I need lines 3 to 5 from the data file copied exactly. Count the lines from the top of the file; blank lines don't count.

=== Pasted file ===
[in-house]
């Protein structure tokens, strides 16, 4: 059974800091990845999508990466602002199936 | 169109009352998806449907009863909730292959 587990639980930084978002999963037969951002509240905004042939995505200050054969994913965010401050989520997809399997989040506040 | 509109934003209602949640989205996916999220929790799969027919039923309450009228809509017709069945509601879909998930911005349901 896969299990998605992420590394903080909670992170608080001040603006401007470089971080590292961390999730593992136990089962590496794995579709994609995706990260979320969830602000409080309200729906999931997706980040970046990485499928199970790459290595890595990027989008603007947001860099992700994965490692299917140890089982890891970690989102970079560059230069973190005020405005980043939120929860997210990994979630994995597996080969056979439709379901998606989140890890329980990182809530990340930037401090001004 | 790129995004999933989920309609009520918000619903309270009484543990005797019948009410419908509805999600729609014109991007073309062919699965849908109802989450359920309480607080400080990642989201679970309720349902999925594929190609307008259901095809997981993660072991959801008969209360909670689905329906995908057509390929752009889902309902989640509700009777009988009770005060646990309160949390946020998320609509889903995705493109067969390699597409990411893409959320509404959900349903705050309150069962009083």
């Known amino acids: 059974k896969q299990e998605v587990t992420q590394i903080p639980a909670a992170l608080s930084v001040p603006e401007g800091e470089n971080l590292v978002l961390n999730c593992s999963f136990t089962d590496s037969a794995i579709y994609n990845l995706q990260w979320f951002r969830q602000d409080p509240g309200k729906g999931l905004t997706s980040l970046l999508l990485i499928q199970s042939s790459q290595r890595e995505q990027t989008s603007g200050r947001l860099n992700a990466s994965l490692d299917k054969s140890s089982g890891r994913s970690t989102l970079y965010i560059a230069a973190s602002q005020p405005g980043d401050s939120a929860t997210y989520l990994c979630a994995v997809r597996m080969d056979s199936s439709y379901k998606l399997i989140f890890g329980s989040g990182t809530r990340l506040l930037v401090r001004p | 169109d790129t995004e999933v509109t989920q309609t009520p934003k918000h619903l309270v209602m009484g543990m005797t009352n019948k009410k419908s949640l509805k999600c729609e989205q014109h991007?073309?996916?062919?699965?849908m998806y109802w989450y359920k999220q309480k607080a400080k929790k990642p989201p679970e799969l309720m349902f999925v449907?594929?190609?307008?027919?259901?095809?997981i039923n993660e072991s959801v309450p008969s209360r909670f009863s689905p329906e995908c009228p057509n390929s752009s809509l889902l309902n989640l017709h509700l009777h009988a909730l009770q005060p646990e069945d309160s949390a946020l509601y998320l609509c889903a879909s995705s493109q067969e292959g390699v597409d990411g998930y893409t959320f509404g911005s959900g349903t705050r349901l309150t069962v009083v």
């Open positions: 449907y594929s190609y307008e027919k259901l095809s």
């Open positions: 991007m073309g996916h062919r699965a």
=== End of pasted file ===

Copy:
């Known amino acids: 059974k896969q299990e998605v587990t992420q590394i903080p639980a909670a992170l608080s930084v001040p603006e401007g800091e470089n971080l590292v978002l961390n999730c593992s999963f136990t089962d590496s037969a794995i579709y994609n990845l995706q990260w979320f951002r969830q602000d409080p509240g309200k729906g999931l905004t997706s980040l970046l999508l990485i499928q199970s042939s790459q290595r890595e995505q990027t989008s603007g200050r947001l860099n992700a990466s994965l490692d299917k054969s140890s089982g890891r994913s970690t989102l970079y965010i560059a230069a973190s602002q005020p405005g980043d401050s939120a929860t997210y989520l990994c979630a994995v997809r597996m080969d056979s199936s439709y379901k998606l399997i989140f890890g329980s989040g990182t809530r990340l506040l930037v401090r001004p | 169109d790129t995004e999933v509109t989920q309609t009520p934003k918000h619903l309270v209602m009484g543990m005797t009352n019948k009410k419908s949640l509805k999600c729609e989205q014109h991007?073309?996916?062919?699965?849908m998806y109802w989450y359920k999220q309480k607080a400080k929790k990642p989201p679970e799969l309720m349902f999925v449907?594929?190609?307008?027919?259901?095809?997981i039923n993660e072991s959801v309450p008969s209360r909670f009863s689905p329906e995908c009228p057509n390929s752009s809509l889902l309902n989640l017709h509700l009777h009988a909730l009770q005060p646990e069945d309160s949390a946020l509601y998320l609509c889903a879909s995705s493109q067969e292959g390699v597409d990411g998930y893409t959320f509404g911005s959900g349903t705050r349901l309150t069962v009083v």
């Open positions: 449907y594929s190609y307008e027919k259901l095809s």
């Open positions: 991007m073309g996916h062919r699965a």